For this reason, the film has yet to be shown in his native Thailand, where he would be required to self-censor, as he revealed in an interview with The Guardian:
Whatever movies we have produced, we don’t want to show it to Thai audiences, because in the current situation we don’t have genuine freedom. I don’t want to be part of a system where the movie director has to exercise self-censorship. […] I feel there is more violence in our country than in others that are in similar situations. […] And I am sad to see that I don’t have any power or rights to speak, because I know if I speak, harm will come to me.
The 2010 feature Uncle Boonmee Who Can Recall His Past Lives (2010) won him the 2010 Cannes Film Festival Palm D’Or, and in his unique and distinctive “realist-surrealist” style, as ICI calls it, tells the tale of Uncle Boonmee, a man whose life is coming to an end and sees apparitions of his dead wife’s and his lost son’s spirits, guiding him through past incarnations.
A son of two doctors, hospitals and medical procedures often feature in his films, such as in Syndromes and a Century (2006) (watch trailer here), which premiered at the 63rd Venice Film Festival and was the first Thai film to be entered in competition to date. The film takes place in a countryside hospital and a modern facility in Bangkok, where work colleagues express affections and emotional attachment to each other, but end up not consummating their ‘love’.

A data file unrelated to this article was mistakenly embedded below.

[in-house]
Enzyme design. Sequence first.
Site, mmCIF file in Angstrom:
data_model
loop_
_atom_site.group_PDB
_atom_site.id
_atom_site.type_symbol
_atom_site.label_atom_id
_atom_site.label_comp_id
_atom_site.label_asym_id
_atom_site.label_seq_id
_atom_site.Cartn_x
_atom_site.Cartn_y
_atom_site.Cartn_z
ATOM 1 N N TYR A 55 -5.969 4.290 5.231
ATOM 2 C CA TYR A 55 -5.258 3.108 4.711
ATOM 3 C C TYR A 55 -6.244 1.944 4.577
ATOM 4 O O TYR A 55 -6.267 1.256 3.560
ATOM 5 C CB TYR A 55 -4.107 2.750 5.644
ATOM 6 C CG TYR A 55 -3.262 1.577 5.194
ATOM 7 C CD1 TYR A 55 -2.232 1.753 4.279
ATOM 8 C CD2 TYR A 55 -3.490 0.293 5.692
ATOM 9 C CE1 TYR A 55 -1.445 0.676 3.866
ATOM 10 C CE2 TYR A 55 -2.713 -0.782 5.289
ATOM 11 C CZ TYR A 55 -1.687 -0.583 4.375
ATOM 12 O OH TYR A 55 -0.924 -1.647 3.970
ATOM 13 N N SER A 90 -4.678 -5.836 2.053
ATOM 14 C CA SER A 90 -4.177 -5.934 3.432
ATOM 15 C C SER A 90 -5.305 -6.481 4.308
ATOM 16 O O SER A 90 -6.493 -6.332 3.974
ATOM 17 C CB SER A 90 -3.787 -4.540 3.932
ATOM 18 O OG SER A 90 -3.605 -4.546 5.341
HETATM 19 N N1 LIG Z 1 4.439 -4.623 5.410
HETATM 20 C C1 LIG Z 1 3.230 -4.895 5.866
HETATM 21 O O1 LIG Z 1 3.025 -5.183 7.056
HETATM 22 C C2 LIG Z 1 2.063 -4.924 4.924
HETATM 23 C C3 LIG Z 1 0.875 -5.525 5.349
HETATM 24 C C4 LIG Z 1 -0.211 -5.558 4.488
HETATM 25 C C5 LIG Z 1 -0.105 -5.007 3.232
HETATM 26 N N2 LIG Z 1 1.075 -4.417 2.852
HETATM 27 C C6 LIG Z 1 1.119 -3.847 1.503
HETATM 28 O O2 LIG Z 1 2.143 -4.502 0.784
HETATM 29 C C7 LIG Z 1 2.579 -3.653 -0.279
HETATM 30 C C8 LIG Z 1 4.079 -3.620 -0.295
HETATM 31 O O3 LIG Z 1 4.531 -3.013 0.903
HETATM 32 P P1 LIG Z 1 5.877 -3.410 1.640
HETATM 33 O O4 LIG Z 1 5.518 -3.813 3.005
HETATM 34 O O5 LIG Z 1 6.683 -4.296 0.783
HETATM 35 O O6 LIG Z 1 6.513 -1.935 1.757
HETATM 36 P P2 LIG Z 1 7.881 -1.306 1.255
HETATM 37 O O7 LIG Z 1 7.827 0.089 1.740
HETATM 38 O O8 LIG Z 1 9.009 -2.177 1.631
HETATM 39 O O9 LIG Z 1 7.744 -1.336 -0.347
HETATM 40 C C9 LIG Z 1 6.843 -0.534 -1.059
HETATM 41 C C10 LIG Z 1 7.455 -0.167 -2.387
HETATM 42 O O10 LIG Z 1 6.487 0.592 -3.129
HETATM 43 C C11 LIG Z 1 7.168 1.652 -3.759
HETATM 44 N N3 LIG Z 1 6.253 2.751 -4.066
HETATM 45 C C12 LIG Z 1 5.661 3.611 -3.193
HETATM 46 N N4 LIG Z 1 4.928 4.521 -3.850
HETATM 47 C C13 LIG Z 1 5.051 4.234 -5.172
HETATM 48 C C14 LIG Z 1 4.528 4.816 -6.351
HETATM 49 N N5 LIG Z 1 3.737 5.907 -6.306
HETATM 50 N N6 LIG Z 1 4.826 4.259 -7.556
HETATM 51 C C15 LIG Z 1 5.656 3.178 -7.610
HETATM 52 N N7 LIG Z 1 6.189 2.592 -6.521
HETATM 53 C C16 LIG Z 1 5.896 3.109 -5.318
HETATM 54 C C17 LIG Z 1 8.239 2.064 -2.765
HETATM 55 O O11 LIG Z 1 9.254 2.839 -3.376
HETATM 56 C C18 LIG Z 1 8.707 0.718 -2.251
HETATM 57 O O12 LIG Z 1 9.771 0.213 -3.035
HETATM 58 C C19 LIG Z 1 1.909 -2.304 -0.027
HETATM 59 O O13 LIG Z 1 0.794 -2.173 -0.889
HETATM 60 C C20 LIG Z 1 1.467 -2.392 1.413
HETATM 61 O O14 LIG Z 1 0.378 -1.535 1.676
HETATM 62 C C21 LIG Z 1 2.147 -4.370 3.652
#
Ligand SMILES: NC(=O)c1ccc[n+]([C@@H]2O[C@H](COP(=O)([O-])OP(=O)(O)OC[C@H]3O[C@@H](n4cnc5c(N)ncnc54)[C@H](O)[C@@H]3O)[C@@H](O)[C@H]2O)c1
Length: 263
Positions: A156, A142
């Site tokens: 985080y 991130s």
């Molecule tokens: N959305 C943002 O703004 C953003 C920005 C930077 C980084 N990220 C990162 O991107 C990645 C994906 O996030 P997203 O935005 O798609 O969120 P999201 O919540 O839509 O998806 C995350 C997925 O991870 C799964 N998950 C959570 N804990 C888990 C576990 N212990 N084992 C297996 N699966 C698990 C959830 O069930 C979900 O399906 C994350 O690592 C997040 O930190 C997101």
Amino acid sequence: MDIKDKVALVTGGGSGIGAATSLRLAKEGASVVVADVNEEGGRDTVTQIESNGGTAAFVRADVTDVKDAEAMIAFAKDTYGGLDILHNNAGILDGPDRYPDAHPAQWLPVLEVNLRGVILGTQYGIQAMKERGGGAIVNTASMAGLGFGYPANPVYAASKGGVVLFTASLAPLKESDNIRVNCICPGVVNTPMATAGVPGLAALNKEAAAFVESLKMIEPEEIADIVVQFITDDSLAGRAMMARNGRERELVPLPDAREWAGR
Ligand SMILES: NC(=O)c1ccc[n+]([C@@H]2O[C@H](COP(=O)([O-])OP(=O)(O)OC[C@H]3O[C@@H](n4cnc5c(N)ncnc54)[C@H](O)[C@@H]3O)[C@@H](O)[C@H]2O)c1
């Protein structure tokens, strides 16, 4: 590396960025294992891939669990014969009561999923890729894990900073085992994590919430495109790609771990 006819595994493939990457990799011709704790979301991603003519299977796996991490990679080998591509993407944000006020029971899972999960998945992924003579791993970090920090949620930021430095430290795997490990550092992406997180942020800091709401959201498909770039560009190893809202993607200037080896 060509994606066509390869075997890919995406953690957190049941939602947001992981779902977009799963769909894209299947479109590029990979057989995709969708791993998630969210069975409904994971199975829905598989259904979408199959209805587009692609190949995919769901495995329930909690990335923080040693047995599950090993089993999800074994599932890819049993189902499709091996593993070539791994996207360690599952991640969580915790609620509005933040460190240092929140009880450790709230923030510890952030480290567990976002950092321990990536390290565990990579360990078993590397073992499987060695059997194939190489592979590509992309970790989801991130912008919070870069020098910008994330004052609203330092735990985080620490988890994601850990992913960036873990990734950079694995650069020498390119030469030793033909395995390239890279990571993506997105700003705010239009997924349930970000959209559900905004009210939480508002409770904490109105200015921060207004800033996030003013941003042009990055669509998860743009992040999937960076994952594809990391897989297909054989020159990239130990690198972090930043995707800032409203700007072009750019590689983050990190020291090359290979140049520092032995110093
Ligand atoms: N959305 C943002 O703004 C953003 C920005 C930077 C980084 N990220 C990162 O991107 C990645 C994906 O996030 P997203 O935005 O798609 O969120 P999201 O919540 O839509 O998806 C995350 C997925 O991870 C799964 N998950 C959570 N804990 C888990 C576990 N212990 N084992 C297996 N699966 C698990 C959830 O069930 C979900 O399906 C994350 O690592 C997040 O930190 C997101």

Tropical Malady (2004), which won a jury prize at the 2004 Cannes Film Festival, combines Weerasethakul’s favourite settings – the lush verdant expanses of rural Thailand – with a romance between a symbol of power, the soldier, and of innocence, the rural worker. As BFI has pointed out before, nature in his films seems to exercise and represent an “eroticised force” that lures people in and pushes them to get better acquainted with and connect with their desires.
As for the military as symbols of power, Weerasethakul comments to The Guardian:
I like to show uniforms anyway, but in the course of the last 10 years the role of the army has got more and more difficult. I have shifted from symbolic uses to do with power, like being a sexual predator, to more reflect the political involvement they have had for a long time.
The Adventures of Iron Pussy (2003) is a budget, digital film production that Weerasethakul created to keep his film company afloat during hard times, and is a spoof of Thai action films of the 1960s and 1970s. In Blissfully Yours (2002), which won the top prize in the Un Certain Regard programme at the 2002 Cannes Film Festival, the artist recounts a relaxing afternoon getaway in the countryside of an illegal Burmese immigrant, her older Thai lover and a married friend. The film makes reference to the continued disputes between Myanmar and Thailand on their bordering region.
Mysterious Object at Noon (2000) (watch an extract on YouTube here) is an early experimental documentary film, which uses an element of collective storytelling that, as The New York Times wrote at the time, turns the work into